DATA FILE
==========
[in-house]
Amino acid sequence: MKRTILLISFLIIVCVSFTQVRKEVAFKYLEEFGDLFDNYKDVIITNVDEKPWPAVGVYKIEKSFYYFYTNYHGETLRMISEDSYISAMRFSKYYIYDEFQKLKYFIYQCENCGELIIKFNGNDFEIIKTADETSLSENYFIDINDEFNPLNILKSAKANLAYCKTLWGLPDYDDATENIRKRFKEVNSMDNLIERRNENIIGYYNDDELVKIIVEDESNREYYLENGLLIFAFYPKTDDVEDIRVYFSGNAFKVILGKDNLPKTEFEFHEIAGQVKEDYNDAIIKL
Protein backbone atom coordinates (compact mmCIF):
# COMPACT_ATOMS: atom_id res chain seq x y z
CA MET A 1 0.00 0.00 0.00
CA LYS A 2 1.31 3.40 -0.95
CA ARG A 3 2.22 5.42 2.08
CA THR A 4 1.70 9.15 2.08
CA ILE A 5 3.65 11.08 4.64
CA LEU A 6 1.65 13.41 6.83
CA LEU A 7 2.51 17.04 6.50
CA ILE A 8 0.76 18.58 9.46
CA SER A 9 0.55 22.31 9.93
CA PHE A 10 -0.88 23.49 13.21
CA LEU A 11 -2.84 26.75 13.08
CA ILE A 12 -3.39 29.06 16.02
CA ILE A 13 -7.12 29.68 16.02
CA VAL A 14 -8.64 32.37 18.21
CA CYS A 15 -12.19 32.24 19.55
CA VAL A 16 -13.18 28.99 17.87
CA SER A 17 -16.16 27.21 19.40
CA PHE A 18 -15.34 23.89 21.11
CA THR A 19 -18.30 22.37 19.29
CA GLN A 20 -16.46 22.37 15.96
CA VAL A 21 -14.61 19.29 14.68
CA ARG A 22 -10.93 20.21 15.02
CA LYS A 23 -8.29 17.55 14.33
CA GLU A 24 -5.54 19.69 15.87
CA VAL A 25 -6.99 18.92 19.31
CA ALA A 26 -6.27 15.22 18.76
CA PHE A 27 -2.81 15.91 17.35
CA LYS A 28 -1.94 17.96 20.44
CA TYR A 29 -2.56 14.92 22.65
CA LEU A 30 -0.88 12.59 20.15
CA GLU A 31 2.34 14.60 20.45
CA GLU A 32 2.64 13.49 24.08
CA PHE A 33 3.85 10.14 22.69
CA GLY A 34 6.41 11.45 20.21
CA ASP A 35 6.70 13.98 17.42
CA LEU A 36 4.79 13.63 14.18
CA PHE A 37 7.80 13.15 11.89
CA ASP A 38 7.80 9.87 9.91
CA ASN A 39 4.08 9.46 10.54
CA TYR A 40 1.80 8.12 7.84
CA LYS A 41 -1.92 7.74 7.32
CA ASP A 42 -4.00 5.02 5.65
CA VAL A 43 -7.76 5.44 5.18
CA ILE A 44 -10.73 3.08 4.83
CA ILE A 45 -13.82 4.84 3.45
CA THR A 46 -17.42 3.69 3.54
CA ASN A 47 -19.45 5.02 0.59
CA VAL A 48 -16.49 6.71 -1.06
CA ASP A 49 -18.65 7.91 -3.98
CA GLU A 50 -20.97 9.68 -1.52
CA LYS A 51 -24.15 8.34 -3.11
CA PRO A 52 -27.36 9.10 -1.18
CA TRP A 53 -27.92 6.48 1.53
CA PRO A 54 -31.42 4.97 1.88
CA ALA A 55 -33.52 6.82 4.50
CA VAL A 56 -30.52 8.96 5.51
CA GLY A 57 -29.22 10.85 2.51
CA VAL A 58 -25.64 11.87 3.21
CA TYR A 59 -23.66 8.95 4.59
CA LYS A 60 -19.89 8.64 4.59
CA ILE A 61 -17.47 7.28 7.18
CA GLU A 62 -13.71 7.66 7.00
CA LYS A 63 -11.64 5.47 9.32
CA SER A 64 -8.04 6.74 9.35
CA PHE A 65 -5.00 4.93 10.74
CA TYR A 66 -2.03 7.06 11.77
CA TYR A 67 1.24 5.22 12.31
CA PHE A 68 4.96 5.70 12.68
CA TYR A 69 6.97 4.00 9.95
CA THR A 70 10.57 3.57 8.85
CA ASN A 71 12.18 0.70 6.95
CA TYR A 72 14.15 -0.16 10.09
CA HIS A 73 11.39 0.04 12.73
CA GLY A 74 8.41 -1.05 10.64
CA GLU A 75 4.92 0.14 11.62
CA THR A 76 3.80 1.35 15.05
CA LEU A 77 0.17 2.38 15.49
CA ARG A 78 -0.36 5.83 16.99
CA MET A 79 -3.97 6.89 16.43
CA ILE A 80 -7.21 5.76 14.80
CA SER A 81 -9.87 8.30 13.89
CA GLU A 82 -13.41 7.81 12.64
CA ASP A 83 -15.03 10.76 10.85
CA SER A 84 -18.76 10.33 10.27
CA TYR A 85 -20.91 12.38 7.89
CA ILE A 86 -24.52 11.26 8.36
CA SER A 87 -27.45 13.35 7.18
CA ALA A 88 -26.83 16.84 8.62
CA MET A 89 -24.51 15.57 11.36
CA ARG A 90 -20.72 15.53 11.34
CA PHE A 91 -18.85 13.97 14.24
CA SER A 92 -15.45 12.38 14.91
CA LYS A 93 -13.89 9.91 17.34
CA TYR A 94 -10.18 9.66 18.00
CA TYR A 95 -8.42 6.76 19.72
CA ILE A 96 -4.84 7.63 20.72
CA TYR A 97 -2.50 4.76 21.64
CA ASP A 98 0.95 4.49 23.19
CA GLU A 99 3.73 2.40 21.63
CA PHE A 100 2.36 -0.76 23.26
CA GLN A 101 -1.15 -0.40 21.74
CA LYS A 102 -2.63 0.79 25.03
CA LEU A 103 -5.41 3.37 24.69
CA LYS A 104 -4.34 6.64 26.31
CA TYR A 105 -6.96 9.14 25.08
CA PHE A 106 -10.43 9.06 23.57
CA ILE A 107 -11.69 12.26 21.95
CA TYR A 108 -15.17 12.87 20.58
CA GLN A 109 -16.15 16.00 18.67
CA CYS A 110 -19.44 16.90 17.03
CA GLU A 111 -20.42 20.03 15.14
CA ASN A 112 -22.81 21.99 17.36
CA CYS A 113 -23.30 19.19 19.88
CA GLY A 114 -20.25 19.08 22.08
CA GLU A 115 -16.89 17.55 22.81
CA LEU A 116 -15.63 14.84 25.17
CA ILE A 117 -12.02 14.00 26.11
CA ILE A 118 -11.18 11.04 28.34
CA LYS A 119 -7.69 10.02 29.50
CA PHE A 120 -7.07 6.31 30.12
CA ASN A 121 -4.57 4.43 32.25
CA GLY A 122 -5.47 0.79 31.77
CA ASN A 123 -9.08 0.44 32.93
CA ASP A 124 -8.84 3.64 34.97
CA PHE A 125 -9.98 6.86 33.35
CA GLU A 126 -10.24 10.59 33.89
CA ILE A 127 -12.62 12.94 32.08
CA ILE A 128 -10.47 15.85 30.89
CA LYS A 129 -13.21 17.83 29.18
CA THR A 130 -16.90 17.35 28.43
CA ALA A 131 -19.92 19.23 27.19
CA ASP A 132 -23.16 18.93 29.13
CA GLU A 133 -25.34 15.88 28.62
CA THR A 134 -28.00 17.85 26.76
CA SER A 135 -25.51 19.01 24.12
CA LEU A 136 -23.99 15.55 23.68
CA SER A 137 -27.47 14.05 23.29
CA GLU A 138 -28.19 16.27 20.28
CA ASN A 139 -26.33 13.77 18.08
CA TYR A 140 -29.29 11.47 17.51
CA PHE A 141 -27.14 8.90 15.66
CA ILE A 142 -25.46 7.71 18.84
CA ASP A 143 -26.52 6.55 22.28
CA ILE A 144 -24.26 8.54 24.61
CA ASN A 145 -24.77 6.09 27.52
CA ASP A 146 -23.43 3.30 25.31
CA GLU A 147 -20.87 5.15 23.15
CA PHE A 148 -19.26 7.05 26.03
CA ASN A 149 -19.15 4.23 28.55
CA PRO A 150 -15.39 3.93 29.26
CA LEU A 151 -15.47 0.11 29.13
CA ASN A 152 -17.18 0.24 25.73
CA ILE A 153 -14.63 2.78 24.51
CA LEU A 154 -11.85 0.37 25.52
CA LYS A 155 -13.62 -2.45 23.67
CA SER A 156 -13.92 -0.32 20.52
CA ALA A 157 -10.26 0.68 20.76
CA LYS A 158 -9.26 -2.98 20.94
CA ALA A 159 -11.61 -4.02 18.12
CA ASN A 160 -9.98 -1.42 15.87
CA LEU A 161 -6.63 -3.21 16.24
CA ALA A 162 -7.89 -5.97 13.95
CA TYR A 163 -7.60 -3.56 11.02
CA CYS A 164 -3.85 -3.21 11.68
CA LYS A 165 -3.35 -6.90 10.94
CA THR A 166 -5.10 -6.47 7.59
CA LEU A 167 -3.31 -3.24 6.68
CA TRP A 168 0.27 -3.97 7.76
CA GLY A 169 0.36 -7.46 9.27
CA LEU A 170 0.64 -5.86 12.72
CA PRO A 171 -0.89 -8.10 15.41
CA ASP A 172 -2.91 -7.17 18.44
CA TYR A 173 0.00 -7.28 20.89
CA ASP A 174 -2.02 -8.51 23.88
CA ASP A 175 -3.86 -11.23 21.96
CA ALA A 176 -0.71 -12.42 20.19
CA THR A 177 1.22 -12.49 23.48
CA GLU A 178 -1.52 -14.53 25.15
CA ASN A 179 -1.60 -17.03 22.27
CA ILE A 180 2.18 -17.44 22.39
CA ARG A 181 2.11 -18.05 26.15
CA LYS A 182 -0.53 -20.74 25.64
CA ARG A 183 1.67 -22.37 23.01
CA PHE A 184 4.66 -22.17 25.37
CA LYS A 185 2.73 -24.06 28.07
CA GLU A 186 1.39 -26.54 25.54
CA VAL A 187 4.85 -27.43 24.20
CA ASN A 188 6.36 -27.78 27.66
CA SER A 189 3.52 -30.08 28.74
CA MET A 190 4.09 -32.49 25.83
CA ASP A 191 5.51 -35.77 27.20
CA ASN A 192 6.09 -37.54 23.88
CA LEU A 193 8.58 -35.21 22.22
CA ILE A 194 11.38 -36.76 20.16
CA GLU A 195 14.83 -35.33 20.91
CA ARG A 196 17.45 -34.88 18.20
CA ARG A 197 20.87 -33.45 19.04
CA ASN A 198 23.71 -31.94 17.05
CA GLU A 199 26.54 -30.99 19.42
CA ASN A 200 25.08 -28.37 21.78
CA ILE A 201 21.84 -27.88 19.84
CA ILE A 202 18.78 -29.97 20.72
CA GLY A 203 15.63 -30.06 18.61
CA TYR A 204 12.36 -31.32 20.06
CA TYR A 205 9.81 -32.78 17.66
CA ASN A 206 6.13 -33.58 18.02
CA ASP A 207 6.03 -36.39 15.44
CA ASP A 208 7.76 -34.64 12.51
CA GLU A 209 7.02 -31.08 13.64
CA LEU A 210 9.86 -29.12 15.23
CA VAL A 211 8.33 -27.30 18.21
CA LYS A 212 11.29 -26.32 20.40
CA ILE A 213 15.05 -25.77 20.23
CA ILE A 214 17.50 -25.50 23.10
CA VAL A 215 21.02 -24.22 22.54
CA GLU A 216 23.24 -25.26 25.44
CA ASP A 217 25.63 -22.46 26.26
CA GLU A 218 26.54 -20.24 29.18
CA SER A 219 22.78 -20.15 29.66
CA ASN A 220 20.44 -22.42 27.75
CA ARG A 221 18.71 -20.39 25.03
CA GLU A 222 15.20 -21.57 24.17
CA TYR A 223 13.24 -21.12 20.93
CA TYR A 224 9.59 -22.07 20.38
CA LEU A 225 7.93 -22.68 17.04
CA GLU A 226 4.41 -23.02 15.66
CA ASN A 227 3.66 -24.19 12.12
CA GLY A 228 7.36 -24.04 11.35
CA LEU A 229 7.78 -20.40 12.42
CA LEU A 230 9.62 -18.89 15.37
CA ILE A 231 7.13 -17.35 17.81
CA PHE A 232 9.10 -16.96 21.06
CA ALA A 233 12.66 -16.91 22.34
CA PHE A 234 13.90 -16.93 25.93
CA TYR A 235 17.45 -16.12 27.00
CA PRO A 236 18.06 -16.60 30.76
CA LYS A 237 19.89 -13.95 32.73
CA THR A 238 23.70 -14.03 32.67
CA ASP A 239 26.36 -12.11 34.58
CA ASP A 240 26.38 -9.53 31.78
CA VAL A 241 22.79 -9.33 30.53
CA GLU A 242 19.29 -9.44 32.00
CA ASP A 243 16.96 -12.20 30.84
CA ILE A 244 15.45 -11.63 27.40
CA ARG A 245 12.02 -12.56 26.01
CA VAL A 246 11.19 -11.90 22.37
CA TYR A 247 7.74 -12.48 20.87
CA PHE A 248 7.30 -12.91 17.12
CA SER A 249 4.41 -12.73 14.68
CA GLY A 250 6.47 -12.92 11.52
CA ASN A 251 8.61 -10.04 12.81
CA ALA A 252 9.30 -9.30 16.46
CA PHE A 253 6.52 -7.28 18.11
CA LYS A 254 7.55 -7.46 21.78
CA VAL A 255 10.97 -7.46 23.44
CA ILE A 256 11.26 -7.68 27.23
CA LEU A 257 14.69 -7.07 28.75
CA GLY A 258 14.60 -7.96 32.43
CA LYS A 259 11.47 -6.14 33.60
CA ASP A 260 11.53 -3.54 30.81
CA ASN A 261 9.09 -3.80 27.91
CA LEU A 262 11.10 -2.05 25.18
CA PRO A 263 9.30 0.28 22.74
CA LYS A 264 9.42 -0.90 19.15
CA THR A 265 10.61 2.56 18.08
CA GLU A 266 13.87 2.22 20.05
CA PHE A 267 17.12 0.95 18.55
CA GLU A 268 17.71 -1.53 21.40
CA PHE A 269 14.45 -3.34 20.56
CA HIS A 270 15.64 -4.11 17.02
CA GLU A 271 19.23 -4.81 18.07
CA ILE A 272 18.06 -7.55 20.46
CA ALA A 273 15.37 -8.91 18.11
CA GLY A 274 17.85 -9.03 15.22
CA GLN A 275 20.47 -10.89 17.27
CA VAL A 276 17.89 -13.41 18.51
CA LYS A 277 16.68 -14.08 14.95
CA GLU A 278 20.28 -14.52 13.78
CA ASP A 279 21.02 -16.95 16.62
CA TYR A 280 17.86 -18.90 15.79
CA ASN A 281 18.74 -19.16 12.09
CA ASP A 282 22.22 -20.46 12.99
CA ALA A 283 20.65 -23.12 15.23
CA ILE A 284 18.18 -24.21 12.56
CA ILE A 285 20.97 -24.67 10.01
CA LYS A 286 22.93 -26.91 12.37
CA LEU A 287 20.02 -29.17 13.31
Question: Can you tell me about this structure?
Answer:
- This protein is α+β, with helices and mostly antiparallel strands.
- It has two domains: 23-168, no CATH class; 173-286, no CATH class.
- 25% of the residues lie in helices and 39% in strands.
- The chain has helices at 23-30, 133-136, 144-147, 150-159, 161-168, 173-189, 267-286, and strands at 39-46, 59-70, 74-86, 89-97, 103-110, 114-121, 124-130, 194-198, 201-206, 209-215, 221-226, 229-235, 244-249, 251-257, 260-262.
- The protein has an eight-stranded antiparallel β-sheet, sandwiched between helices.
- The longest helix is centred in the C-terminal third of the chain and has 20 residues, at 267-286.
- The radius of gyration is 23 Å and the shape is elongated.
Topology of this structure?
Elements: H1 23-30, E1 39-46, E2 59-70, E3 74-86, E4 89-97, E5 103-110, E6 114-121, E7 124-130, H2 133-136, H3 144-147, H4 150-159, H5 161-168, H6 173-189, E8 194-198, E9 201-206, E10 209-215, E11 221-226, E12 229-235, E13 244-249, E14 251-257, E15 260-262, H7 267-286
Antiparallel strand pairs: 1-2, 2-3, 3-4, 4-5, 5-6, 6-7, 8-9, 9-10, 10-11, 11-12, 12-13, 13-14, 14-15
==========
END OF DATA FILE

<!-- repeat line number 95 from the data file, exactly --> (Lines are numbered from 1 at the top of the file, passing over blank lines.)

CA PHE A 91 -18.85 13.97 14.24